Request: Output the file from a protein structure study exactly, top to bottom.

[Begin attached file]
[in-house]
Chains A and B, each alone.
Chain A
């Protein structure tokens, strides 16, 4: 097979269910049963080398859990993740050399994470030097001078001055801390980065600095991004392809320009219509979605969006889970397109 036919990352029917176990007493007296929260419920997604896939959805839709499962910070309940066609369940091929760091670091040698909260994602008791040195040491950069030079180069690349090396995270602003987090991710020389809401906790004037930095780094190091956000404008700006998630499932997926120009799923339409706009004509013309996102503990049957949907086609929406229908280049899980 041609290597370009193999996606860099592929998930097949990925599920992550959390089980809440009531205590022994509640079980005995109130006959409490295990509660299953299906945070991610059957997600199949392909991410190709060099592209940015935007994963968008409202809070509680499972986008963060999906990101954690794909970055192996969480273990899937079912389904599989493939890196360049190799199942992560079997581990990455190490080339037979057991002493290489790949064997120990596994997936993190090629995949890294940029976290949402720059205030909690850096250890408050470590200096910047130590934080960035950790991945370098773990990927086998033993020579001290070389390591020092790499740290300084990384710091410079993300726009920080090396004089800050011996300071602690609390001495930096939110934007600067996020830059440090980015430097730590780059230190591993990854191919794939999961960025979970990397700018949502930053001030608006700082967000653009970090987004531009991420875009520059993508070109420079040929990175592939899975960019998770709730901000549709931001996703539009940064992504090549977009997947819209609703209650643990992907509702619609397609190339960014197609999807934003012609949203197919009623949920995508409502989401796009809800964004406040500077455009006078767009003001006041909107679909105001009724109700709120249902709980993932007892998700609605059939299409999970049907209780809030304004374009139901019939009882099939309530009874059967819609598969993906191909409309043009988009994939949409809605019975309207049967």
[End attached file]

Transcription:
[in-house]
Chains A and B, each alone.
Chain A
């Protein structure tokens, strides 16, 4: 097979269910049963080398859990993740050399994470030097001078001055801390980065600095991004392809320009219509979605969006889970397109 036919990352029917176990007493007296929260419920997604896939959805839709499962910070309940066609369940091929760091670091040698909260994602008791040195040491950069030079180069690349090396995270602003987090991710020389809401906790004037930095780094190091956000404008700006998630499932997926120009799923339409706009004509013309996102503990049957949907086609929406229908280049899980 041609290597370009193999996606860099592929998930097949990925599920992550959390089980809440009531205590022994509640079980005995109130006959409490295990509660299953299906945070991610059957997600199949392909991410190709060099592209940015935007994963968008409202809070509680499972986008963060999906990101954690794909970055192996969480273990899937079912389904599989493939890196360049190799199942992560079997581990990455190490080339037979057991002493290489790949064997120990596994997936993190090629995949890294940029976290949402720059205030909690850096250890408050470590200096910047130590934080960035950790991945370098773990990927086998033993020579001290070389390591020092790499740290300084990384710091410079993300726009920080090396004089800050011996300071602690609390001495930096939110934007600067996020830059440090980015430097730590780059230190591993990854191919794939999961960025979970990397700018949502930053001030608006700082967000653009970090987004531009991420875009520059993508070109420079040929990175592939899975960019998770709730901000549709931001996703539009940064992504090549977009997947819209609703209650643990992907509702619609397609190339960014197609999807934003012609949203197919009623949920995508409502989401796009809800964004406040500077455009006078767009003001006041909107679909105001009724109700709120249902709980993932007892998700609605059939299409999970049907209780809030304004374009139901019939009882099939309530009874059967819609598969993906191909409309043009988009994939949409809605019975309207049967």